Marianne Plays With Computers

My Digital Adventures

Dude, My Car’s Been Hacked! — August 15, 2015

Dude, My Car’s Been Hacked!

So I’m the last person in the world to break this story, but in case you haven’t heard, your car may now be vulnerable to hackers. Thankfully, Chrysler has issued a recall for the affected vehicles.

I know that we all want to be connected all the time, and that the convenience adds a lot to our lives. I don’t even remember how I used to get around town without GPS to guide me. I think I got lost a lot. And remembered exit numbers a lot better than I do now.

But this is the price we pay. For each convenience that allows helpful data in, a hacker sees a way to get their own data in instead. When you’re looking for your next vehicle, for each helpful little gadget, ask yourself what could happen if it went terribly wrong. When your doctor wants to monitor your health over the Internet, ask her how your private data is being protected. And if someone offers you a bionic implant that can be “updated” remotely, just say no.

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The Big Breach — July 10, 2015

The Big Breach

Today’s post is about a topic that’s close to my heart. And my credit report.

As you may have heard, personal information belonging to millions of federal employees and others was stolen from the Office of Personnel Management and and the Interior Department. That was bad.

But this week, it’s come out that it’s not just personally identifiable information (PII) that’s been stolen, but fingerprints as well.

This brings up one of the major problems with using biometric identification as an authentication mechanism. Passwords can be changed. Credit cards can be replaced. In extreme cases, you may even be able to get a new social security number. But biometrics are, by definition, a part of you. You can’t just go out and change your voice print or get a new set of fingerprints.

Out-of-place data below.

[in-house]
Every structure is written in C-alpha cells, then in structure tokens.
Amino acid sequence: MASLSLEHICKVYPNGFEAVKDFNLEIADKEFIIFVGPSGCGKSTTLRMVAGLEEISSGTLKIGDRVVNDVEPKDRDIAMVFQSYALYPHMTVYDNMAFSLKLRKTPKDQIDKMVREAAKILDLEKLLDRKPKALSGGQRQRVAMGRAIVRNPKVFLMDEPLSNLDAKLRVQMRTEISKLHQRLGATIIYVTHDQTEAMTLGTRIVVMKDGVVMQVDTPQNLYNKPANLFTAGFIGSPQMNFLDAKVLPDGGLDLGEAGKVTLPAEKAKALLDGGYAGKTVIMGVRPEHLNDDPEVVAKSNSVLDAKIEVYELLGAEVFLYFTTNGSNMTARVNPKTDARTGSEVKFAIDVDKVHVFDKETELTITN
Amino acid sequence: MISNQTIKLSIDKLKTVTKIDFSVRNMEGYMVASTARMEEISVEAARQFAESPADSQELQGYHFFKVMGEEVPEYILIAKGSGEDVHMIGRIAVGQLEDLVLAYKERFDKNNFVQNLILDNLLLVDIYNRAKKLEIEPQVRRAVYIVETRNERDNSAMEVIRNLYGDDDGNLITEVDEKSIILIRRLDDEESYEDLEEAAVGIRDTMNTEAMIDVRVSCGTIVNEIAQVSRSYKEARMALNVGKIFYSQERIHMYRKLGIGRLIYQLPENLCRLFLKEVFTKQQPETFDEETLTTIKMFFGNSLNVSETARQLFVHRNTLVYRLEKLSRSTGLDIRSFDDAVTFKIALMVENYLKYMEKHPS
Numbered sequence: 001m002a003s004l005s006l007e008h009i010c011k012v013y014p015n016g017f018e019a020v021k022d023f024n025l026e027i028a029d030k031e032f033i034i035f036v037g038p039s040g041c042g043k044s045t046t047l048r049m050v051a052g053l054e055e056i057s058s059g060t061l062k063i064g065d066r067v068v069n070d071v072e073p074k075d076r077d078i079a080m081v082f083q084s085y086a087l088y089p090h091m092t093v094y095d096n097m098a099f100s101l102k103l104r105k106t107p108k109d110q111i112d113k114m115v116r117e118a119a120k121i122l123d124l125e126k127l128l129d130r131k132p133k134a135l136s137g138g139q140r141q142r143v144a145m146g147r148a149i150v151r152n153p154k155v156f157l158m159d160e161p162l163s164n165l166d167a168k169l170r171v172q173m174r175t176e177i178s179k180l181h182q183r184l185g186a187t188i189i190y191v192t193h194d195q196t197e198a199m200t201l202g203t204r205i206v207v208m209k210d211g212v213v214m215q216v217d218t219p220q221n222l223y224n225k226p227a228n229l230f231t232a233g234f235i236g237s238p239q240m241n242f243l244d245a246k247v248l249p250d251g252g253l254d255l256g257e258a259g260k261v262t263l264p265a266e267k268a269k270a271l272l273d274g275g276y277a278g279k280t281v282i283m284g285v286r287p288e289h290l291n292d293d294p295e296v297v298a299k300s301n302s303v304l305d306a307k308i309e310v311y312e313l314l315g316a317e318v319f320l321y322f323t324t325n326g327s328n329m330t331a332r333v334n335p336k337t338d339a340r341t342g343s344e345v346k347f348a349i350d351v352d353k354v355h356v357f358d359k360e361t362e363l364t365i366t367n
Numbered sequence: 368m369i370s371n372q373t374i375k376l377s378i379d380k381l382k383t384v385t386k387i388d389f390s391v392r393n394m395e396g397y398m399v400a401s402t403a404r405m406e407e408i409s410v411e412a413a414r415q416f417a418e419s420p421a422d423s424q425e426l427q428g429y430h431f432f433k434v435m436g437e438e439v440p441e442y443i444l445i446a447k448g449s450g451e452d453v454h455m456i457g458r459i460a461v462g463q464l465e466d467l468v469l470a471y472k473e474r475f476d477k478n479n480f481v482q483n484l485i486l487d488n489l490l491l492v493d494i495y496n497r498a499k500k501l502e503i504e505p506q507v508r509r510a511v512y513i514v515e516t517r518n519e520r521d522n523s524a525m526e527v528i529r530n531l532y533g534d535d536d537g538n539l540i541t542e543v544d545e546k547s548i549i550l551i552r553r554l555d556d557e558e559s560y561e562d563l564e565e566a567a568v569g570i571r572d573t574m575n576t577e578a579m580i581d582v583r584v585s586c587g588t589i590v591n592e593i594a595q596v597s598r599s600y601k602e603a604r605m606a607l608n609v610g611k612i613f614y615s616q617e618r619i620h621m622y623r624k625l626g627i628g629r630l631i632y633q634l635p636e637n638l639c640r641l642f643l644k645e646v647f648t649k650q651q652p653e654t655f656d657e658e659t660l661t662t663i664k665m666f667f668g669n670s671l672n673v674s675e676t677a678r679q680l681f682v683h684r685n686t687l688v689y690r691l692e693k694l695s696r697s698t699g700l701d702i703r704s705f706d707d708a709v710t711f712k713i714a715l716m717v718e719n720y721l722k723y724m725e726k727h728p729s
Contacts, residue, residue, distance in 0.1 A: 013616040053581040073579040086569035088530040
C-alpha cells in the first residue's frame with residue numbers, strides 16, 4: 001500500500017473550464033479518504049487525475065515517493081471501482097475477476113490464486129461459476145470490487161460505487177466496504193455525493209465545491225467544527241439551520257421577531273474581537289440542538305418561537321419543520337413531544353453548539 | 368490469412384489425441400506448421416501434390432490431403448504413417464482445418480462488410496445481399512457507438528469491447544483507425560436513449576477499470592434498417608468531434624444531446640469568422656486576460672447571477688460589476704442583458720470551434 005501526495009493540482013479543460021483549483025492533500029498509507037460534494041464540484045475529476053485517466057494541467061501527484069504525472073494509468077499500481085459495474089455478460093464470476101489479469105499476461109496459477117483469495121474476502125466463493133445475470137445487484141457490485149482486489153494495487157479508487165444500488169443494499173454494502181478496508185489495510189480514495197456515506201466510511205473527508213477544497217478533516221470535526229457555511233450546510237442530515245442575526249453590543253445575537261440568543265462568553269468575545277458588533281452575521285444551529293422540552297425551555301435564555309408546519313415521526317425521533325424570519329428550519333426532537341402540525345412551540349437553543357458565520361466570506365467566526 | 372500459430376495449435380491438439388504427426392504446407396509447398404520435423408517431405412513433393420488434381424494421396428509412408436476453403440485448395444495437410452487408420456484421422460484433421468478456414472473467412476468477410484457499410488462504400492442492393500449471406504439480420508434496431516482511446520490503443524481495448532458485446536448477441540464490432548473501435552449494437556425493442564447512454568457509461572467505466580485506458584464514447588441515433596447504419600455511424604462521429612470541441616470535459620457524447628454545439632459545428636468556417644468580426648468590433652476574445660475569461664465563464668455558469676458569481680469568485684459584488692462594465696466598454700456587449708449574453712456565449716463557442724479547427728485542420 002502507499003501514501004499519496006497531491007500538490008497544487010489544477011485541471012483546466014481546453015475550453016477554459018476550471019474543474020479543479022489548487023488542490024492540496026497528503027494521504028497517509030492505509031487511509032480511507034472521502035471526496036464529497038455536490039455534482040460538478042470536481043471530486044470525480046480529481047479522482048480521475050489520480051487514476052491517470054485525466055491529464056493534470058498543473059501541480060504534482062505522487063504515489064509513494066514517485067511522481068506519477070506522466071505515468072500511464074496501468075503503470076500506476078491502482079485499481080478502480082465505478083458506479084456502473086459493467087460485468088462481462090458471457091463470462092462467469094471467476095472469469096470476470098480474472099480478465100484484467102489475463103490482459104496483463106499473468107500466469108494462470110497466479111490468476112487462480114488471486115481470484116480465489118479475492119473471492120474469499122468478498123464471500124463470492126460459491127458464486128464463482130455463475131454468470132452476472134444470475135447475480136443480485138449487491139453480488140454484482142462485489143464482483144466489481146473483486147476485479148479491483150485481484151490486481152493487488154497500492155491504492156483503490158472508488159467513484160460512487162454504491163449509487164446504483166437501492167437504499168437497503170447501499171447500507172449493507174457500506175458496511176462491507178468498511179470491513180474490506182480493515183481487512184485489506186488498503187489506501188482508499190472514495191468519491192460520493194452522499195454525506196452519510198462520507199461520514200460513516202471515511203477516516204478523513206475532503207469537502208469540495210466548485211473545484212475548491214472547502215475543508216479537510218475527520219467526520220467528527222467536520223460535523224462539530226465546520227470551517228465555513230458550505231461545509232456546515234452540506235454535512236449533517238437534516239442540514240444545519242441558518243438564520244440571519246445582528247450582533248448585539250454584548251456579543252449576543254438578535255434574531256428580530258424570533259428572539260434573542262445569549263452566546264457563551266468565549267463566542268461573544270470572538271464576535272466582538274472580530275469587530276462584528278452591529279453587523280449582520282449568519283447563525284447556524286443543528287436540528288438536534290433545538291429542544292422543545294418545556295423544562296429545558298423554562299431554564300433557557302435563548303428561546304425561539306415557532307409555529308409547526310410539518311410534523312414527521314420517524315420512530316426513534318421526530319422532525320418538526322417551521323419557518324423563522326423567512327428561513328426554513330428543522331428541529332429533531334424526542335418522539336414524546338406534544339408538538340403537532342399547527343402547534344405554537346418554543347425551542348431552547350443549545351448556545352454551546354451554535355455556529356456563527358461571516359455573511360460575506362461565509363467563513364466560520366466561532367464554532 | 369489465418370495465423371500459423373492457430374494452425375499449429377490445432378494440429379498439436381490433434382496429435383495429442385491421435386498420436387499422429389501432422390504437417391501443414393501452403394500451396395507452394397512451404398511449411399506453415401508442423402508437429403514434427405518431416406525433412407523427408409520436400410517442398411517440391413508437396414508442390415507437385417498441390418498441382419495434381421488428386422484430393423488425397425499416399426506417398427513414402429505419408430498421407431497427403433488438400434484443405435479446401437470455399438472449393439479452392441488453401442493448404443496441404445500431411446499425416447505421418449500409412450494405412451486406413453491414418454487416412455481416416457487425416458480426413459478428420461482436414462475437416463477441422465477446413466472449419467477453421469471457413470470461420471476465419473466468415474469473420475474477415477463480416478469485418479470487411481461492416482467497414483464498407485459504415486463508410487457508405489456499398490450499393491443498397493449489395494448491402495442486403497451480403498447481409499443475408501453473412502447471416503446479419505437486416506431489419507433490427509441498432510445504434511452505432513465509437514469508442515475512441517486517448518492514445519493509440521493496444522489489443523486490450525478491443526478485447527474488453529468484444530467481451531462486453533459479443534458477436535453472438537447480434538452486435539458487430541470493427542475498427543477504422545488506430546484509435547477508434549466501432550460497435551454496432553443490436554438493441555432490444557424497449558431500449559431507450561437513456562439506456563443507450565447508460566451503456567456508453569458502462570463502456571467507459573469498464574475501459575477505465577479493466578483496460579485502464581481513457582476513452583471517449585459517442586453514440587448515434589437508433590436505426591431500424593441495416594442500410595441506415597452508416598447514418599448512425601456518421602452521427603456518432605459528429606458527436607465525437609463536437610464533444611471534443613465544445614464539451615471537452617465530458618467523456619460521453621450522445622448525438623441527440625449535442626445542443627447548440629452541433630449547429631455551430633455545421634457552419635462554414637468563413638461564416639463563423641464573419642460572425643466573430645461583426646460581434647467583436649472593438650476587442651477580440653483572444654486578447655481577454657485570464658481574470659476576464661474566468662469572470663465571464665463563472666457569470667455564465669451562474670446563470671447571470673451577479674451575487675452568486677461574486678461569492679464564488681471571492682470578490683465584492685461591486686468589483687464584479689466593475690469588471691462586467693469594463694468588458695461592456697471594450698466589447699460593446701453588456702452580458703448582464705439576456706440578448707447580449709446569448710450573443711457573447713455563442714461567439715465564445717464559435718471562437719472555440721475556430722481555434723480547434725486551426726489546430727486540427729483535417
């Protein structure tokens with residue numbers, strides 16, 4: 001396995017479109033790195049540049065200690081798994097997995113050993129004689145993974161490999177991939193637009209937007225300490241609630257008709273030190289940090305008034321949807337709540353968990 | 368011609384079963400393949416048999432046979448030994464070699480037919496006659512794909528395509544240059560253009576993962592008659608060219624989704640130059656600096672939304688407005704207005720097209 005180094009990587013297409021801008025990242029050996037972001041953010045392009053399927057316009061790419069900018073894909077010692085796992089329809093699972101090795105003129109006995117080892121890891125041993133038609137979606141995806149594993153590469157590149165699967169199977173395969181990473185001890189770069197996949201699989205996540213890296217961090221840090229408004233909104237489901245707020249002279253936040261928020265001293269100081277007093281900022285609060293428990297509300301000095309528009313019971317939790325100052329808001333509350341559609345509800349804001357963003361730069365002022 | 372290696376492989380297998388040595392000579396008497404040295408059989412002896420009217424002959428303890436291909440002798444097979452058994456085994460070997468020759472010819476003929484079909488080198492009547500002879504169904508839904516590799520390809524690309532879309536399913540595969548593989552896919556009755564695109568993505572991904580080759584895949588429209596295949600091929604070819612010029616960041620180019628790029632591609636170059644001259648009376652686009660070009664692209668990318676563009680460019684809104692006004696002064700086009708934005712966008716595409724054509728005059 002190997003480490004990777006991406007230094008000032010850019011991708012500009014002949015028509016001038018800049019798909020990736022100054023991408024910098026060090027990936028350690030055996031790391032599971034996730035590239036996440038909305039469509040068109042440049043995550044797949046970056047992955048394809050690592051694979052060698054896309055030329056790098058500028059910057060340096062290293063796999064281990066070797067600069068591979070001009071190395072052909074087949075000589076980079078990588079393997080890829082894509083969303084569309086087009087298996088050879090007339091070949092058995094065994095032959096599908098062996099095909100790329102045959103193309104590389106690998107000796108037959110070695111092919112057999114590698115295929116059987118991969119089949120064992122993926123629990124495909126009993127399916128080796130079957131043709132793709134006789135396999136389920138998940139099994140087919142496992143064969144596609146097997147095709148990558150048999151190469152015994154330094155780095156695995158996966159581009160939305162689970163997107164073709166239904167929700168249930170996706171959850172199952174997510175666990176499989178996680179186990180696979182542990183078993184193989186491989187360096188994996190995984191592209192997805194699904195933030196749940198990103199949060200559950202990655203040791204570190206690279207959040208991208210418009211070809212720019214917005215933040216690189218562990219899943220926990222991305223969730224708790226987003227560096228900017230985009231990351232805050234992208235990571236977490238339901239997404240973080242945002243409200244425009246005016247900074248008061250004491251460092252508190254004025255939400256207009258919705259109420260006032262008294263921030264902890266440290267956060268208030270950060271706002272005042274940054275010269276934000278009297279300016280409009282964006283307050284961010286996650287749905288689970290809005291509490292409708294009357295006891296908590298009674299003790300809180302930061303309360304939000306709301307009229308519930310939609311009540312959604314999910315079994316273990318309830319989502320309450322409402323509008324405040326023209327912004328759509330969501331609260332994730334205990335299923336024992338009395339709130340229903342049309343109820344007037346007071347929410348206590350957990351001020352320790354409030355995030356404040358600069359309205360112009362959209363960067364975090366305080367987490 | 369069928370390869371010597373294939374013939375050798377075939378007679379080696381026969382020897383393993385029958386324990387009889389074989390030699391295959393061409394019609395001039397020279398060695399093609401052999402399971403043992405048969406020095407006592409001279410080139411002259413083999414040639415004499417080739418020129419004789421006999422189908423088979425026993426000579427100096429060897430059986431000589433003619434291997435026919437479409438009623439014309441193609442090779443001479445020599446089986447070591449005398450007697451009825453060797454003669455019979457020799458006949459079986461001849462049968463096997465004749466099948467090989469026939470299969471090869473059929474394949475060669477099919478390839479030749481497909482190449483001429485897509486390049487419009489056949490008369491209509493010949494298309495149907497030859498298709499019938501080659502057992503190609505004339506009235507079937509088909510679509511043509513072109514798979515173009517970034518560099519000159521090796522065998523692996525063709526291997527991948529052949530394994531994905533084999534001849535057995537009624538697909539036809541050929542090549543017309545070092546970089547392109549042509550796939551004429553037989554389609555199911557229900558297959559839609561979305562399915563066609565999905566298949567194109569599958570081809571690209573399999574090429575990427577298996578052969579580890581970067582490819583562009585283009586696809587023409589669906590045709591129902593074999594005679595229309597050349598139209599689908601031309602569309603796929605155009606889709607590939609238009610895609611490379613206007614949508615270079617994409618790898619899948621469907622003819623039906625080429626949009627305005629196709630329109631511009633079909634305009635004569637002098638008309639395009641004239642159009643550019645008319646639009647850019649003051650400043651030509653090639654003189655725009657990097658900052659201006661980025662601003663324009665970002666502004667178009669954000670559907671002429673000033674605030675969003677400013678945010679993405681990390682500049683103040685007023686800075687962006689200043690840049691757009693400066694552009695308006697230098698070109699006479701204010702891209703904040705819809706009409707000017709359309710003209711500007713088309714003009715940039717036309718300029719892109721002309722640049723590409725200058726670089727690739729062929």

I understand why the keepers of really important data use biometrics. “Something you are” is one of the fundamental authentication mechanisms. (The other two are “something you know” — like a password — and “something you have” — like a keycard.) And two-factor authentication is a must for any really important data.

But if your data is so important that you literally “want a piece of me” to allow me to work with it, then have the decency to protect it at least that well. Unfortunately, the federal government has a history of failing to protect the data in its charge.

The OPM director has resigned over this incident. It will be easy to say that the problem will be solved under a new director. Perhaps the next person to accept the responsibility of this office will in fact do better. But until those in charge value their employees’ personal data and their citizens’ trust more than their positions of power, we will continue to see incidents like this in the government.